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A decent video commentary on civil forfeiture

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posted on Oct, 14 2014 @ 07:55 AM
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I've always been against civil forfeiture, as a strict Constitutionalist. I cannot understand how anyone could think that having one lose one's property without even a charge, much less a conviction is moral at all much less Constitutional.

The Constitution says:


nor be deprived of life, liberty, or property, without due process of law;


I can see the argument for forfeiture of property AFTER conviction, as there is due process, but not without.

One must beware that , "A government big enough to give you everything you want, is powerful enough to take away everything you have."




posted on Oct, 14 2014 @ 08:49 AM
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a reply to: NavyDoc

On top of civil forfeiture, we also have A-holes who try to use imminent domain to seize property and line their own pockets. Often they will try to use/manipulate civil forfeiture laws to get what they want for pennies on the dollar.



posted on Oct, 14 2014 @ 09:46 AM
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I've been watching Last Week Tonight and I highly recommend it. The bit about Philadelphia also brought to mind the fact that Pennsylvania now has warrantless vehicle searches too — makes it that much easier for the cops to be highway bandits!



posted on Oct, 14 2014 @ 09:51 AM
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a reply to: NavyDoc

I watched this the other day and it was quite good. John Oliver has been really dishing out a lot of stuff that really needs a little exposure to the airwaves. Glad to see this one being shared as it is pretty shocking and I also agree--incredibly unconstitutional. The Bill of Rights in the Constitution was frequently written to attempt to protect property owners from abuse (heck even the 1st Amendment had property owners in mind) so to see this go on in this country is pretty baffling. I think the way they create a loophole is due to charges not being filed against those property owners. It seems to be a loophole for many questionable activities such as "detaining" v. arrest.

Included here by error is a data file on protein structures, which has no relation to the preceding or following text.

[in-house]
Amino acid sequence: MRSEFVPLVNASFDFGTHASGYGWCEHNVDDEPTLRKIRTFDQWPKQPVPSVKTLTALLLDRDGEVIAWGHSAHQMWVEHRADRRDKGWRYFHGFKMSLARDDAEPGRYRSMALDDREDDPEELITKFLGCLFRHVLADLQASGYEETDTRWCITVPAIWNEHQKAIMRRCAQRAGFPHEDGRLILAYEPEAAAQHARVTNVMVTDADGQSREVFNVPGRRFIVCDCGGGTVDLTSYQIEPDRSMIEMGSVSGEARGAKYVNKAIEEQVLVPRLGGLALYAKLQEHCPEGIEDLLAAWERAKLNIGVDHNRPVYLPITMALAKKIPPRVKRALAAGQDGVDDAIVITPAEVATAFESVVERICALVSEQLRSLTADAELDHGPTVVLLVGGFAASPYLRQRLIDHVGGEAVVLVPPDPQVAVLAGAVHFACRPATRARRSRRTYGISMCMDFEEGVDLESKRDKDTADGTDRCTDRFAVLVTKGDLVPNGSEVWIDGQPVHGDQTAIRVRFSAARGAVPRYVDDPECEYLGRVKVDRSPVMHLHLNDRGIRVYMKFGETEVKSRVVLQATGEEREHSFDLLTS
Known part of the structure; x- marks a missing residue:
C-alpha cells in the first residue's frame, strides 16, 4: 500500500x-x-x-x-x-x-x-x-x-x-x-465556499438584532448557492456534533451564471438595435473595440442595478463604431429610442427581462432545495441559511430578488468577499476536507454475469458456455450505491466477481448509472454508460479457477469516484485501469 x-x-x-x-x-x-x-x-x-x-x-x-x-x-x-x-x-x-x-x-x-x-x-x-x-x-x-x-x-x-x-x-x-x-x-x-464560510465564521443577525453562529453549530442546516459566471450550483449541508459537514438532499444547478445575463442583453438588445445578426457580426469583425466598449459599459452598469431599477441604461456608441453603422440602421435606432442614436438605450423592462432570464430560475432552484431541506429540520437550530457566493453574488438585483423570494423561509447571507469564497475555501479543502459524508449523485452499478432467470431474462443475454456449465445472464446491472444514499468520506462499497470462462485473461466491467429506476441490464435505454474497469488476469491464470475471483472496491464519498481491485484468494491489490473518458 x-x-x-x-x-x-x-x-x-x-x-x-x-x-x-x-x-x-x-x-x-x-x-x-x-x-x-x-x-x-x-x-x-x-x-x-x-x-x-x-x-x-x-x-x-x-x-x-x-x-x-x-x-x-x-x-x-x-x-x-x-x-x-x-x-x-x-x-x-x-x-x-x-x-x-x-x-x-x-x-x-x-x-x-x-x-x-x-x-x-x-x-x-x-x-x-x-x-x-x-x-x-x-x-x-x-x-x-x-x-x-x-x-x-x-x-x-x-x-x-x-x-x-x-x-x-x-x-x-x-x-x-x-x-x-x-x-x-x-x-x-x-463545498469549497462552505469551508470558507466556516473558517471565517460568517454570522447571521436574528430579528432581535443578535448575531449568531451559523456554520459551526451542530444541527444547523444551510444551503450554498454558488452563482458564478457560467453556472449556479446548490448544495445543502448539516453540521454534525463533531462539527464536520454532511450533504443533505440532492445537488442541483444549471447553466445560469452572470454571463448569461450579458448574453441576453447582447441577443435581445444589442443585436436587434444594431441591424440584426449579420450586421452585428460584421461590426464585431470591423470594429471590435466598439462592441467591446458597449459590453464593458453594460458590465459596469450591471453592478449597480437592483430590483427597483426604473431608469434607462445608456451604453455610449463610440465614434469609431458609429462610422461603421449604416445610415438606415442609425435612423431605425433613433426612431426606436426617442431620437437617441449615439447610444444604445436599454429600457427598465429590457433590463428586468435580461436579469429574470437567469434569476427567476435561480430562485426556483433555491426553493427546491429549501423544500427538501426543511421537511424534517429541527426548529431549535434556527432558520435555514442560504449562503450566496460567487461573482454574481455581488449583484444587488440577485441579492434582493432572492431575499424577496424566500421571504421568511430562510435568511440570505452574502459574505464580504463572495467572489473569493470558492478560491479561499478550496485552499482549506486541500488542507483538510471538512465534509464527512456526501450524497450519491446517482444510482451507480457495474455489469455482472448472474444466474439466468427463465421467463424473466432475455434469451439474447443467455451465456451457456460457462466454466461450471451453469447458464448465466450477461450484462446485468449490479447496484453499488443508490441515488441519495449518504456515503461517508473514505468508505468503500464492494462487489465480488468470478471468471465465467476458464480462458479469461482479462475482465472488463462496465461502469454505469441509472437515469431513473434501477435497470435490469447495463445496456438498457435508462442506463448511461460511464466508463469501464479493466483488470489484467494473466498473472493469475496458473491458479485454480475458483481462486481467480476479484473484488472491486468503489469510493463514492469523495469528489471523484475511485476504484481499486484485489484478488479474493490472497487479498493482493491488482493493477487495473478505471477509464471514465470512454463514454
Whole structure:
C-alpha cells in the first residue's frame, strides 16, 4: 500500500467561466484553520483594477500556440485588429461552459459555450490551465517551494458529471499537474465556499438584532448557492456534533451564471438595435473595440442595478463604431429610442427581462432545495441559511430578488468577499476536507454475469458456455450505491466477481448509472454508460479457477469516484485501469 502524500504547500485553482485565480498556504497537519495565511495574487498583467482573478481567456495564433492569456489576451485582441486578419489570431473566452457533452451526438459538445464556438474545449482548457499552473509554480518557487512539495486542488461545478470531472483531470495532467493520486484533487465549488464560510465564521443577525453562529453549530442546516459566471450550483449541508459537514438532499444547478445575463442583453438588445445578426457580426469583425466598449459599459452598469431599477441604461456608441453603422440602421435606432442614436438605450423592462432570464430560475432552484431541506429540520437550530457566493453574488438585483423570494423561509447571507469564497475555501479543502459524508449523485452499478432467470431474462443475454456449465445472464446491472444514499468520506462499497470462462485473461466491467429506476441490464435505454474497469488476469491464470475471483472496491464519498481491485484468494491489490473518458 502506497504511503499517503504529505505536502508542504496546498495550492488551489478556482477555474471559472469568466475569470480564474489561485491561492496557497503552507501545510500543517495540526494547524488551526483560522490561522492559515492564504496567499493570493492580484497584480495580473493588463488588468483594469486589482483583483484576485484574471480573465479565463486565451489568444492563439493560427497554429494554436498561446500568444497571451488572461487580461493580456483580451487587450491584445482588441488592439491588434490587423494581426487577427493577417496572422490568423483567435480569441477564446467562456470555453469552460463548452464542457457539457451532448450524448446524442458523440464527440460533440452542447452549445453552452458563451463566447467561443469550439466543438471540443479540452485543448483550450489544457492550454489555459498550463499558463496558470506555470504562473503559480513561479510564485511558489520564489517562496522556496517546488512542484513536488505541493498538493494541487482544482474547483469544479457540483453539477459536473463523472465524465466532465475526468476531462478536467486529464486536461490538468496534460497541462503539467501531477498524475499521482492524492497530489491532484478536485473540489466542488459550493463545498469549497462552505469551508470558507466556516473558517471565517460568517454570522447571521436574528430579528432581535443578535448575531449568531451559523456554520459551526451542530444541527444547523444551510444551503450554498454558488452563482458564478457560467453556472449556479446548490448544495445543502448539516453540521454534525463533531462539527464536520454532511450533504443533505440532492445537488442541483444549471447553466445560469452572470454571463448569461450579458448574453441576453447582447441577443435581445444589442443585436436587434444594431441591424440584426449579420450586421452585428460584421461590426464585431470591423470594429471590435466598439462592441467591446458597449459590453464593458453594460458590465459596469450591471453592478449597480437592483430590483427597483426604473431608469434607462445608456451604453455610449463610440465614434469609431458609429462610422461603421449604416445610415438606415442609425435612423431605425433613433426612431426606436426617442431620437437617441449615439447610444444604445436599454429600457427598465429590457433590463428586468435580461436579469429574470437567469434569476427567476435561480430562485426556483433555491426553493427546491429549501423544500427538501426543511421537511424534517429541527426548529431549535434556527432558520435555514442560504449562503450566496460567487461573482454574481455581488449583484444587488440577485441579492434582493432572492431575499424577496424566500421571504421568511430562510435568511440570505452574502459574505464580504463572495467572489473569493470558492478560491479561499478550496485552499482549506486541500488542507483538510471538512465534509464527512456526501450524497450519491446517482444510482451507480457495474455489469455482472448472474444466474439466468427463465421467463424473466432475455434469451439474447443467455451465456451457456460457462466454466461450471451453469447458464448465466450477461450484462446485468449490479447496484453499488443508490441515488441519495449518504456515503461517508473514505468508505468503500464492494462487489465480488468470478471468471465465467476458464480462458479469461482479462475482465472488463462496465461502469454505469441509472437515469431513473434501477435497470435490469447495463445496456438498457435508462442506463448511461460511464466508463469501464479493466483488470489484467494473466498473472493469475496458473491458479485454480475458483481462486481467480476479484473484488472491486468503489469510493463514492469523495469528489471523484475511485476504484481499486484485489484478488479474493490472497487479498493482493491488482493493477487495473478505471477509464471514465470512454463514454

posted on Oct, 14 2014 @ 10:02 AM
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originally posted by: TDawgRex
a reply to: NavyDoc

On top of civil forfeiture, we also have A-holes who try to use imminent domain to seize property and line their own pockets. Often they will try to use/manipulate civil forfeiture laws to get what they want for pennies on the dollar.


This as well. Abuse of eminent domain like in the New Haven, CT. case are in direct opposite of the intent of the Constitution. Taking a land because a road is urgently needed is radically a different concept than taking land to sell to a developer who will bring in more tax revenue.



posted on Oct, 14 2014 @ 10:21 AM
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a reply to: NavyDoc

F&S for the OP!

I too saw that episode of "Last Week Tonight" and I was amazed. Not only by the amount of money being seized from people without even charging them for a crime, but also by the manner in which some police depts. were allowed to spend the money on whatever they wanted.

Wow! No incentive for corruption there!


From what I can tell, we can probably thank the "War on Drugs" for this minor inconvenience, as it appears to have emerged out of the Comprehensive Crime Control Act of 1984 which was signed into law by then President Ronald Reagan as another tool to thwart the cash flow of drug dealers.

But then we have to take a closer look at who I call "The Real Culprits" in this case, which are the state & local police depts. across this nation. It is they who get to keep the lion's share of the proceeds and it is they who have the biggest incentive to abuse the intent of the statute.

In some cases like North Carolina, even to the point of using the federal statute to completely circumvent their own state laws governing asset forfeitures.

If I'm not mistaken, in Utah the voters overwhelmingly voted to enact laws restricting such practices and they were effective too. So effective if fact, that the law enforcement associations within the state lobbied their legislature to overturn the laws despite the will of the voters.